Monday, June 14, 2010

BlogAsheville goes to Bonnaroo 2010

(Conan O'Brian at Bonnaroo. Photo by Josh Rhinehart)

Bonnaroo looks like this.

(people gathering for the Stevie Wonder show)

It's a portable, break-downable multi-acre tent city with tour buses for musicians and air-conditioned office trailers for staff and VIPs. Golf carts and on foot is how you get around, on dusty dirt roads, avoiding the stench of the porta-johns.

Topless hippie girls with flower-painted breasts mince through the grass. Hoop dancers sway. Sweat and mud and the threat of heatstroke, sunburn, prickly heat and monkey butt surrounds.

Bonnaroo is a feudal city-state powered by pot, beer, pizza, funnel cake and filtered water. There are no police (only security), and billows of weed are always on the wind, day and night. You don't go anywhere without your trusty water bottle.

The crowd is young, the heat hideous and oppressive. And the music on SIX STAGES never stops.

I wandered from Daryl Hall to the Flaming Lips Friday night at about 1 a.m. On Sunday I passed Regina Spektor and Lucero on my way to Jamey Johnson, caught a great Weezer set as an afterthought on the way back. About 150 bands play, and the music lasts from lunchtime to nearly dawn.

(Daryl Hall by Josh Rhinehart)

76,000 people bought tickets this year. Most of the festival's 700 acres in Manchester, TN is devoted to housing tens of thousands in tents. If you look out over the general camping area where most of the attendees set up, I hear there's an endless sea of Easy-Ups as far as the eye can see. A hippie tent nation.

76,000 tickets probably means about $22 million in ticket sales, not including mega-sponsorships from Canon, Garnier Fructis, Vitamin Water, Ben & Jerry's, etc. The festival is put on by the Dave Matthews Band's manager, and I hear it's him in the mysterious helicopter that flies over us on occasion.

There are mist tents to cool you down, water stations, an air-conditioned tent cinema, carnival-style midway vendors selling veggie hot dogs and turkey legs and lemonade in the shadow of a ferris wheel. There's karaoke and comedy and movies and vendors selling paintings and clothing and jewelry and sky chairs.

I bounced like a sweat-soaked pinball from show to show, taking in several years' worth of genre-hopping concert-going in one grueling weekend.

GWAR turned the Bonnaroo center fountain into fake blood at 3 am with Margaret Cho. The Avett Brothers serenaded the crowd in rain that cooled a beastly afternoon, reaching the sweet crescendo of "Perfect Space" along with the weather. Jack Black and Jack White both performed. (The Avetts thanked the crowd for bringing the rain; Jack White said his band had brought it.)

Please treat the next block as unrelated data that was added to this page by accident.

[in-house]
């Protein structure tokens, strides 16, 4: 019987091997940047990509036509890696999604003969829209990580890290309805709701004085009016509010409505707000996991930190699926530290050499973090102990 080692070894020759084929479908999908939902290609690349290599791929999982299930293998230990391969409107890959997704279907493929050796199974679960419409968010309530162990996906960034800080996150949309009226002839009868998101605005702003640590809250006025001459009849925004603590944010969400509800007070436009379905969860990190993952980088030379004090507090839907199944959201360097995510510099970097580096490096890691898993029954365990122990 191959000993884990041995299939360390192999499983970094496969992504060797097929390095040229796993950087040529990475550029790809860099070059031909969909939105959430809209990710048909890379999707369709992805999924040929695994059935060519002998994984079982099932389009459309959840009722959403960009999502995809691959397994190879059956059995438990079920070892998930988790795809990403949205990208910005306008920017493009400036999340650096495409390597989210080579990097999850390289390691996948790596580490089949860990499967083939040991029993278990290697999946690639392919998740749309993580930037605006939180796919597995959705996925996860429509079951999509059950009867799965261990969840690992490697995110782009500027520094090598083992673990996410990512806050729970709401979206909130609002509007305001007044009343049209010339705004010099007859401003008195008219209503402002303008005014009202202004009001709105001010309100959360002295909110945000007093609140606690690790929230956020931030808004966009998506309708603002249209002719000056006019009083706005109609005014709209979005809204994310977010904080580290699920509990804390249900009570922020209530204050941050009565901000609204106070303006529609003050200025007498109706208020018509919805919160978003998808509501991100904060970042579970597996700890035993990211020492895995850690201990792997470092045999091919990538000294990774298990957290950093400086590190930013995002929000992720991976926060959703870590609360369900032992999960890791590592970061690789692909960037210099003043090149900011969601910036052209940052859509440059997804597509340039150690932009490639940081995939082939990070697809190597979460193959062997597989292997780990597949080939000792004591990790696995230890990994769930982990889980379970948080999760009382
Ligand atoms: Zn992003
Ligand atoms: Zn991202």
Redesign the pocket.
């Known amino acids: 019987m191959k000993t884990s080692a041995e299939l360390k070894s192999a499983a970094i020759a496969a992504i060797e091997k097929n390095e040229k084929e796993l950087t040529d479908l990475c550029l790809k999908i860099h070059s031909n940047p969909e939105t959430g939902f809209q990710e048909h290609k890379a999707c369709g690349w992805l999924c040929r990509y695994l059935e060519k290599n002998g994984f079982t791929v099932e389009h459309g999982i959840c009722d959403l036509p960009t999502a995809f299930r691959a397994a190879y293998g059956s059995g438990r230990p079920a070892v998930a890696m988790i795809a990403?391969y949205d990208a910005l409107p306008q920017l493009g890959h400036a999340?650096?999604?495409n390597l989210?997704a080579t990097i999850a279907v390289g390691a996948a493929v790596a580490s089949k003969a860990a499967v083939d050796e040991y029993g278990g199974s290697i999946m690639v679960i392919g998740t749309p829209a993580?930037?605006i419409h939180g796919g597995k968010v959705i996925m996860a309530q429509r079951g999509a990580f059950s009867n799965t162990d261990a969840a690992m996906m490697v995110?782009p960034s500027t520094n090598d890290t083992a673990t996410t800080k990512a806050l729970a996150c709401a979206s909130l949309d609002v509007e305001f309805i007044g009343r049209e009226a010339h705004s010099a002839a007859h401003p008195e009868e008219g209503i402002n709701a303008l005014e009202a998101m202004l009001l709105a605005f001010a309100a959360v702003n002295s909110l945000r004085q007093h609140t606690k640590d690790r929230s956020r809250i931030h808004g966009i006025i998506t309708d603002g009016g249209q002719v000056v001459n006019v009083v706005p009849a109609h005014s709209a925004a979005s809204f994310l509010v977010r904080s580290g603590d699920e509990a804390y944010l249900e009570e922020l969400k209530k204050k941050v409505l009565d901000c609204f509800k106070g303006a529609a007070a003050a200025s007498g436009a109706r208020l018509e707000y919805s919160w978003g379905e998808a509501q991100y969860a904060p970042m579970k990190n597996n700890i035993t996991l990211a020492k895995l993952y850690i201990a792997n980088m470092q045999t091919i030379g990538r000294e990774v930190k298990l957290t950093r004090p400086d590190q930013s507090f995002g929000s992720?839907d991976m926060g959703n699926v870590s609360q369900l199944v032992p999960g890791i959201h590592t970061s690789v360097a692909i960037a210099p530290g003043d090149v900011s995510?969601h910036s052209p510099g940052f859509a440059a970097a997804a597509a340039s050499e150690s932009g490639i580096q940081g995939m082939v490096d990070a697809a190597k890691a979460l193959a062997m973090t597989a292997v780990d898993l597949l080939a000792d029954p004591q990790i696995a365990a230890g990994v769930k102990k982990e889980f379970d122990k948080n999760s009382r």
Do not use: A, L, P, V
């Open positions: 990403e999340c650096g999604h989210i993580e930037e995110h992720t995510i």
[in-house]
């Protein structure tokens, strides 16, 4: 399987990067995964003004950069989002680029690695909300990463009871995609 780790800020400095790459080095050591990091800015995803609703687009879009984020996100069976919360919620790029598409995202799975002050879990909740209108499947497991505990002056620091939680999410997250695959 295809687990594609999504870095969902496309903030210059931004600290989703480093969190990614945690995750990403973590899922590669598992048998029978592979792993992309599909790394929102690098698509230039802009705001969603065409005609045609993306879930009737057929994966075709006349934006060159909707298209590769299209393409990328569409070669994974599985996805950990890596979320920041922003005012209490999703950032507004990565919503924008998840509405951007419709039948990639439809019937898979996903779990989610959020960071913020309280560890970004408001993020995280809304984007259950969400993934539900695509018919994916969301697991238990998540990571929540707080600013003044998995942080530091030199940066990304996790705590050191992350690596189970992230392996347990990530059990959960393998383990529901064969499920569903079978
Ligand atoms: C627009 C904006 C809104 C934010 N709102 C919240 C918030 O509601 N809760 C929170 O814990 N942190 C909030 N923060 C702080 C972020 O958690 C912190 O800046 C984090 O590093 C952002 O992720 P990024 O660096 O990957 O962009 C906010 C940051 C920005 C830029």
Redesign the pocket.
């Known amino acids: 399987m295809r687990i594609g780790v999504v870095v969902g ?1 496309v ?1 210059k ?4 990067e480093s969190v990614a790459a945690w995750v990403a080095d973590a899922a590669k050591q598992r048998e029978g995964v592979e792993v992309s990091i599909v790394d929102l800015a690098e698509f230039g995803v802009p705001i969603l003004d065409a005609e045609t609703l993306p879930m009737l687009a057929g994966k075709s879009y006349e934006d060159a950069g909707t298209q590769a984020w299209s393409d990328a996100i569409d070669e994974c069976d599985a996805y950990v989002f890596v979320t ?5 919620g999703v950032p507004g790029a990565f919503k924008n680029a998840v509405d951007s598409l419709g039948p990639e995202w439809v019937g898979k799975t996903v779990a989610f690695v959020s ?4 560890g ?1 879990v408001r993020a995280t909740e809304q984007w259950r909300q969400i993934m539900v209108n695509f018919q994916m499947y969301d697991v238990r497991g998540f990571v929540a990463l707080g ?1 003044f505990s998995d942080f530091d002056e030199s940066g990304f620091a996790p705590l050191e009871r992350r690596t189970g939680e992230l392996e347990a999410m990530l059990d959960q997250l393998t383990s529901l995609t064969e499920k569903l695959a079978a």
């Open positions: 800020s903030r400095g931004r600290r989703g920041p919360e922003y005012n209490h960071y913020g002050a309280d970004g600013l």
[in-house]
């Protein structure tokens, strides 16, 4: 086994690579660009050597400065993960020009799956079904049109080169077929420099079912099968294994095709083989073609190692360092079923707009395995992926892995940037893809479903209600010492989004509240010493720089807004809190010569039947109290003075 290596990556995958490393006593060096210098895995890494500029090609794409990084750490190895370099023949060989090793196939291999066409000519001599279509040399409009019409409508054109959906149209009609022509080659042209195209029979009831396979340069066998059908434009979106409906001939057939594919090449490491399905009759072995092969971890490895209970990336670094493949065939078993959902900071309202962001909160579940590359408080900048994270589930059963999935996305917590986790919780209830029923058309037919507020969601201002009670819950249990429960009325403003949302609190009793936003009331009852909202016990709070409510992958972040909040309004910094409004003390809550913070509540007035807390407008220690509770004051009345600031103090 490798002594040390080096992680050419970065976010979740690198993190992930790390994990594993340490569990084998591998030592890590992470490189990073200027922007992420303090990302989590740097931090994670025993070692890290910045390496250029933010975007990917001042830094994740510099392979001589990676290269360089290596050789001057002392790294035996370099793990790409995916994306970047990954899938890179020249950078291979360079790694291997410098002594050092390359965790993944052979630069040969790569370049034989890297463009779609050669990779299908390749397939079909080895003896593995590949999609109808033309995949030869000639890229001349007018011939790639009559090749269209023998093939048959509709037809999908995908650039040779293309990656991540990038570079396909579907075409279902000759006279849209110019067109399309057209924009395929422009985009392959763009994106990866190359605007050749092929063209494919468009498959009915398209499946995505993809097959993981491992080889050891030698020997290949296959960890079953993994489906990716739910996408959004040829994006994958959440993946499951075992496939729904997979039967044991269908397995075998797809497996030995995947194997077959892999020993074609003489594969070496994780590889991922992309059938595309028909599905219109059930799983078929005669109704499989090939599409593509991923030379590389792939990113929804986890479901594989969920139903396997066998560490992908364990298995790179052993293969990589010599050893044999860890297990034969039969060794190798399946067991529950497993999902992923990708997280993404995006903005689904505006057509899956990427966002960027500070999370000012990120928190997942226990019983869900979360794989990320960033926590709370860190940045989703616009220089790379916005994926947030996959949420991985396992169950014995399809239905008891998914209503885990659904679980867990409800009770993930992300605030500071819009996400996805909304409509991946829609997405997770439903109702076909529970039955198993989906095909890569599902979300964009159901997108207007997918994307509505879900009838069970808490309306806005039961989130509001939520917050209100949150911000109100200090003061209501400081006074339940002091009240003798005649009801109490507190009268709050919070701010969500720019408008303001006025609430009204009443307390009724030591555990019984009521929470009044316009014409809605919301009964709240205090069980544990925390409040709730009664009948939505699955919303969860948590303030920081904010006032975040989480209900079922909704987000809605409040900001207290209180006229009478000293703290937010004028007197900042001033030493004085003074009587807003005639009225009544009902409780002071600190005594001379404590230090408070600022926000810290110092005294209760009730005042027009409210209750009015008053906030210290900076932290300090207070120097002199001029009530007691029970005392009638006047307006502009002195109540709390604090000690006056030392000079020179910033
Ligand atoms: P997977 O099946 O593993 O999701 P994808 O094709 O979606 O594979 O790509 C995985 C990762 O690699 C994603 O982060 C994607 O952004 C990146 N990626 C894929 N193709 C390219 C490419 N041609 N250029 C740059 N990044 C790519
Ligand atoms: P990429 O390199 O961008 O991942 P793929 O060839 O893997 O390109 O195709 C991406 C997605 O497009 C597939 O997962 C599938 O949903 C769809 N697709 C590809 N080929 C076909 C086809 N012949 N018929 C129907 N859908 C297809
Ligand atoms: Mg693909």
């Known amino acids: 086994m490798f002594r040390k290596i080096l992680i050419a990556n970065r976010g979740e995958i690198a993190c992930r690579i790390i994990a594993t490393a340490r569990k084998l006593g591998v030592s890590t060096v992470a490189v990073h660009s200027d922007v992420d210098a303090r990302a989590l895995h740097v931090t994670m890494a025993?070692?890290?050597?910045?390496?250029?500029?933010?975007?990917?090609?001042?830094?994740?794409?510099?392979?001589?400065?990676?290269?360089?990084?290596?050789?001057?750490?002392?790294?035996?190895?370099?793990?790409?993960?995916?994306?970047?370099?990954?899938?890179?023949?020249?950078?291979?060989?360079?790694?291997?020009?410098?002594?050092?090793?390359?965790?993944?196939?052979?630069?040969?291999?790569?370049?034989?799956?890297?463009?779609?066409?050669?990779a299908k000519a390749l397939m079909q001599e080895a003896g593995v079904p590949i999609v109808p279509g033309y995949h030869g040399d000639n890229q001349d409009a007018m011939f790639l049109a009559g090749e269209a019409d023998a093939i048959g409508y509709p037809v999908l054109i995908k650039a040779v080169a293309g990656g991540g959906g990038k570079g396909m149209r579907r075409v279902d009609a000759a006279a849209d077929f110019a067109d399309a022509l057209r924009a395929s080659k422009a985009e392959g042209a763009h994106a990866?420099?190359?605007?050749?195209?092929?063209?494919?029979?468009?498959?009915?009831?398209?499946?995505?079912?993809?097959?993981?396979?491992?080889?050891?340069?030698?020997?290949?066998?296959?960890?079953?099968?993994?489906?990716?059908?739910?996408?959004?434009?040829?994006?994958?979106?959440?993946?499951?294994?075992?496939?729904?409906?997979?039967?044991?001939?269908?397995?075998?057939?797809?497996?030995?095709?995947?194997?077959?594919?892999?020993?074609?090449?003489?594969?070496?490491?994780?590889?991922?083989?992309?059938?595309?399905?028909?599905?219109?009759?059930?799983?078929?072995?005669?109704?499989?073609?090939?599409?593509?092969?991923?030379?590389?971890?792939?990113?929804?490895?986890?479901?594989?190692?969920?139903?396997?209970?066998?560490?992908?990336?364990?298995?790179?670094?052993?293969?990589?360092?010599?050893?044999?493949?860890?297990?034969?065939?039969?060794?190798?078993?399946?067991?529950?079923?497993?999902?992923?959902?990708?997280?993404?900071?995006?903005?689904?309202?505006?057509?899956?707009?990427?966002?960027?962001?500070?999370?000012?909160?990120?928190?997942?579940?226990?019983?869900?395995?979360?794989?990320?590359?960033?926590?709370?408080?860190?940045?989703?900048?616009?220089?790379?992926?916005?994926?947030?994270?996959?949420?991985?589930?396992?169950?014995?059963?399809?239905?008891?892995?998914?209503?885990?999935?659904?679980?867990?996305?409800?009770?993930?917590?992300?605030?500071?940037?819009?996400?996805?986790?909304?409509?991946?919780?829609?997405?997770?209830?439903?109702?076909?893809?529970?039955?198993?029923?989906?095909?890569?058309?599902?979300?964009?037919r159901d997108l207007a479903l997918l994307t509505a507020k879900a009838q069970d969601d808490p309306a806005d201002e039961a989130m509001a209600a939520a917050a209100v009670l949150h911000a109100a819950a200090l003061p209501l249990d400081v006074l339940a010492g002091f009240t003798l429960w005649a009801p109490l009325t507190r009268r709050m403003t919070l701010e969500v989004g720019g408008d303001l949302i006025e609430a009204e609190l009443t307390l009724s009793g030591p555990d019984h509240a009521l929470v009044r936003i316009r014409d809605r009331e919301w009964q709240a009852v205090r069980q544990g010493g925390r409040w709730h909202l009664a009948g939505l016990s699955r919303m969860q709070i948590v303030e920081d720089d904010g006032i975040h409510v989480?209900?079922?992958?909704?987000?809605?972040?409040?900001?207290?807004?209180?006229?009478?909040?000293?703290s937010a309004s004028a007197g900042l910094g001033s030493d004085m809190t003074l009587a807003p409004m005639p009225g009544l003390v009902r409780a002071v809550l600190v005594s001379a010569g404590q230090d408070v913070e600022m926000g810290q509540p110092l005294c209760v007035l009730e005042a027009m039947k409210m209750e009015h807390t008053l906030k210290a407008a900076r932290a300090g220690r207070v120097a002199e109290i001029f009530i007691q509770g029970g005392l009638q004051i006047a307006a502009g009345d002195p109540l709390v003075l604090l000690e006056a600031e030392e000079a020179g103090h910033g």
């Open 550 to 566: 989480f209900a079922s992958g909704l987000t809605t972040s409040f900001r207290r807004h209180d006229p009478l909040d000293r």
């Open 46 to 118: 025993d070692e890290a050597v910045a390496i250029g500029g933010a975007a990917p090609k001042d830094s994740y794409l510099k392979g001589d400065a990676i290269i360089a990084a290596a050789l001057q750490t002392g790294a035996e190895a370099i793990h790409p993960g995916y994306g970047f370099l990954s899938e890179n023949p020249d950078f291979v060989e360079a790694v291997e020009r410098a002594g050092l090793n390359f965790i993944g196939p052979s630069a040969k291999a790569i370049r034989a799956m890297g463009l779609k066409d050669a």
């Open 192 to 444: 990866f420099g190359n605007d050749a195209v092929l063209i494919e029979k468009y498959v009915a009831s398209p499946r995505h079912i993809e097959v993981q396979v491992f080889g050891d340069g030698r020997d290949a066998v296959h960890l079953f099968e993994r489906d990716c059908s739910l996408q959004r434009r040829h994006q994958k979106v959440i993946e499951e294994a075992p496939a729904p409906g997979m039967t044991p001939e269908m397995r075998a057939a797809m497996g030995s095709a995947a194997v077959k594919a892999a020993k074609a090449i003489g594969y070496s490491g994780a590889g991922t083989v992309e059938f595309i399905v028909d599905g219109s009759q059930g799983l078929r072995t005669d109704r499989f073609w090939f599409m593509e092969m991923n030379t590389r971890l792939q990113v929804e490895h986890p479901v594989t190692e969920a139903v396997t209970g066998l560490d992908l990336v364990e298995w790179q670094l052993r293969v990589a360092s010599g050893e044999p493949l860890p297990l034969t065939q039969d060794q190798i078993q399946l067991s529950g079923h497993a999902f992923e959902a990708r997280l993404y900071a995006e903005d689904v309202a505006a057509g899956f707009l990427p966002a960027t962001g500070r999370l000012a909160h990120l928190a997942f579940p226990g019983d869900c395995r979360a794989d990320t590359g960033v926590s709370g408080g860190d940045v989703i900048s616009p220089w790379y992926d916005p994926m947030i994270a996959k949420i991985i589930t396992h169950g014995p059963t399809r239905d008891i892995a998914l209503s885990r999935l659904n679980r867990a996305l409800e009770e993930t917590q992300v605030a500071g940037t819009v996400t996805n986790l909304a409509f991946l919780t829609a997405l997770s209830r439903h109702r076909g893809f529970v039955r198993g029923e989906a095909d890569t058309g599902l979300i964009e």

(Jack White playing with his new band, The Dead Weather. Photo by Josh.)

Steve Martin and Conan O'Brien. John Fogerty and John Prine. Tori Amos and They Might Be Giants. Weezer and Ween. Jay-Z and Jimmy Cliff. The Flaming Lips doing Dark Side of the Moon in the sweaty, weed-scented midnight dark as I picked my way through the mud and prone bodies on beach towels. (Yes, Wayne Coyne brought his giant hamster ball and surf-rolled the crowd.)

(Wayne Coyne of the Flaming Lips, photo by Josh)

(Jay-Z, photo by Josh)

IMO Stevie Wonder and Daryl Hall OWNED Bonnaroo -- even my jaded, music-biz co-workers thought so -- with outstanding performances that showed there ain't no school like the old school. Hall teamed with dance duo Chromeo to rock out updated versions of Hall and Oates songs for a new generation.

Stevie left his lame-o easy-listening side behind to rock out with "Don't You Worry Bout a Thing" and "Living for the City."

(Stevie Wonder killing it, by Josh)

I loved Americana act Dave Rawlings Machine (with Gillian Welch), and can't get their song "Sweet Tooth" out of my head. They covered The Band's "The Weight" (to die for, GORGEOUS four-part harmony) and Neil Young's "Cortez the Killer." Swoon.

I sat in the hot shade in my straw hat, drinking the good music in.

Me and my co-workers broke down our tent and loaded up Sunday as Phoenix played at sunset and the Dave Matthews Band played at dusk, and four insane days of sweat, debauchery and music ended as a fleet of fire balloons sailed over the camp in a flaming constellation.

NPR's archived Bonnaro webstreams

YouTube Bonnaroo Channel

Incredible Bonnaroo 2010 Flickr photoset from Josh Rhinehart

2010 Bonnaroo schedule

1 comment:

robin said...

wow, Jen. The heat & mud sound miserable. The rest sounds AHHHMAZING.